… Orson Welles’s radio adaptation of The War of the Worlds was mistaken by the gullible for actual news reportage of marauding Martians sacking and looting New Jersey. The episode provoked a famous attack of mass panic, making it perhaps the most famous radio drama of all time.

What happened October 30th 1938?

“The War of the Worlds” radio broadcast happened October 30, 1938. “The War of the Worlds,” Orson Welles’ realistic radio dramatization of a Martian invasion of Earth, was broadcast on the radio on this day in 1938. Welles was only 23 years old when his Mercury Theater…

Are there still radio dramas?

Radio drama remains popular in much of the world, though most material is now available through internet download rather than heard over terrestrial or satellite radio. Stations producing radio drama often commission a large number of scripts.

Why was radio so powerful to people in the 1930s?

For the radio, the 1930s was a golden age. Radio may have had such mass appeal because it was an excellent way of uniting communities of people, if only virtually. It provided a great source of entertainment with much loved comedians such as Jack Benny and Fred Allen making their names on the wireless.

Who is the most famous radio drama actor?

On October 30, 1938, Orson Welles and his Mercury Theatre panicked millions of radio listeners with their inventive production of War of the Worlds. It’s the most famous radio drama of all time, and it made the news by pretending to be the news.

How did Welles react to the panic caused by his radio broadcast The War of the Worlds apex?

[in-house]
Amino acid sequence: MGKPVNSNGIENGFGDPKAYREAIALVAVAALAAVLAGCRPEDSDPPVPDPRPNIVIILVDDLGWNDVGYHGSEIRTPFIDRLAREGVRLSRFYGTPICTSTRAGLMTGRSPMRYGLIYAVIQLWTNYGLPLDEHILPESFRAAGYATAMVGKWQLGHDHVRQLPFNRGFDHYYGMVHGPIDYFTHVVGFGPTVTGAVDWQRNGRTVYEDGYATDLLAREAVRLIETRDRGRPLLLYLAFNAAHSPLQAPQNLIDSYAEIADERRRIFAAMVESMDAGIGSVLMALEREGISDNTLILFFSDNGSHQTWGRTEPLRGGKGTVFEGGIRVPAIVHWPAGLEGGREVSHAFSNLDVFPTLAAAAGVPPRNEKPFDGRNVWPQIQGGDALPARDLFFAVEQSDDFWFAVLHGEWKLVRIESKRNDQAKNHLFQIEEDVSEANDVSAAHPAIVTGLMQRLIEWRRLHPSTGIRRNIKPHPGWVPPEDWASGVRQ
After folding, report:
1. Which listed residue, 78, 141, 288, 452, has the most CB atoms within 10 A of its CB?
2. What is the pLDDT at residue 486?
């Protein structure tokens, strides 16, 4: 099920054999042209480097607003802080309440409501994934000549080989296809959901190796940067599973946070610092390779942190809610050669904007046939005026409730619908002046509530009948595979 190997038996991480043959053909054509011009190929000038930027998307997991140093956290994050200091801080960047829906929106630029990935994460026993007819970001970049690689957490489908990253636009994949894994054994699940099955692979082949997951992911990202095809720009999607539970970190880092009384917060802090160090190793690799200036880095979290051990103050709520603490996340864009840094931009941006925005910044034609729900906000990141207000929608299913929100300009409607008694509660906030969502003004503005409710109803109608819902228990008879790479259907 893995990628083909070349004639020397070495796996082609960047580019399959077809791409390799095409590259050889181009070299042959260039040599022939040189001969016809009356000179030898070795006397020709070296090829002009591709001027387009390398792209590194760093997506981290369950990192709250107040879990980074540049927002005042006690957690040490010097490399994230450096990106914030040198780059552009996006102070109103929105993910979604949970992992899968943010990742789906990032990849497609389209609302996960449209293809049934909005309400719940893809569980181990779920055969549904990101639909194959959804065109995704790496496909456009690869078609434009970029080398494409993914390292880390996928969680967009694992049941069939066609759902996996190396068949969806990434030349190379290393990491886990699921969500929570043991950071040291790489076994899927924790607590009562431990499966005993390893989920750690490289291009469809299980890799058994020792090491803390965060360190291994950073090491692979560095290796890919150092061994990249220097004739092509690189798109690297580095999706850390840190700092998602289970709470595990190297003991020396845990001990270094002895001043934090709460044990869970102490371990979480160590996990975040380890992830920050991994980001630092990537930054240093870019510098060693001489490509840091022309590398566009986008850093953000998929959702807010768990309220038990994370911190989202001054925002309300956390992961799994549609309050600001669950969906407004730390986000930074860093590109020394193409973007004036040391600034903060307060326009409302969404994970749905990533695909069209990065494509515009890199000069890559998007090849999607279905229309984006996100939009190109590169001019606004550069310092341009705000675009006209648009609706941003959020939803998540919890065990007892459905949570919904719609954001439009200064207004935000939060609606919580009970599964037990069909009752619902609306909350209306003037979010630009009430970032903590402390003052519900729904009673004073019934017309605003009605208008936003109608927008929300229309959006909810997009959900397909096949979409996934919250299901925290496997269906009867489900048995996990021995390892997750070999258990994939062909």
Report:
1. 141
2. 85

What was Welles’s reaction to the public panic caused by his radio broadcast of The War of the Worlds? He could not believe that so many listeners had thought the events described in the broadcast were real.

Is War of the Worlds based on a true story?

The film bases its documentary approach on the 1938 Orson Welles CBS radio broadcast of War of the Worlds, by presenting itself as a true account of actual events. We are approaching the story in the same way, as if it were an actual news documentary”.

Where did the aliens land in War of the Worlds?

Much of The War of the Worlds takes place around Woking and the surrounding area. The initial landing site of the Martian invasion force, Horsell Common, was an open area close to Wells’ home.

Who made The War of the Worlds radio broadcast?

Orson Welles causes a nationwide panic with his broadcast of “War of the Worlds”—a realistic radio dramatization of a Martian invasion of Earth. Orson Welles was only 23 years old when his Mercury Theater company decided to update H.G. Wells’ 19th-century science fiction novel War of the Worlds for national radio.

What was the first radio broadcast?

First Wireless Radio Broadcast by Reginald A. Fessenden, 1906. On 24 December 1906, the first radio broadcast for entertainment and music was transmitted from Brant Rock , Massachusetts to the general public.

What is War of the Worlds radio?

The War of the Worlds (radio drama) The one-hour program began with the theme music for the Mercury Theatre on the Air and an announcement that the evening’s show was an adaption of The War of the Worlds. This was followed by a prologue read by Orson Welles which was closely based on the opening of H.G. Wells’ novel.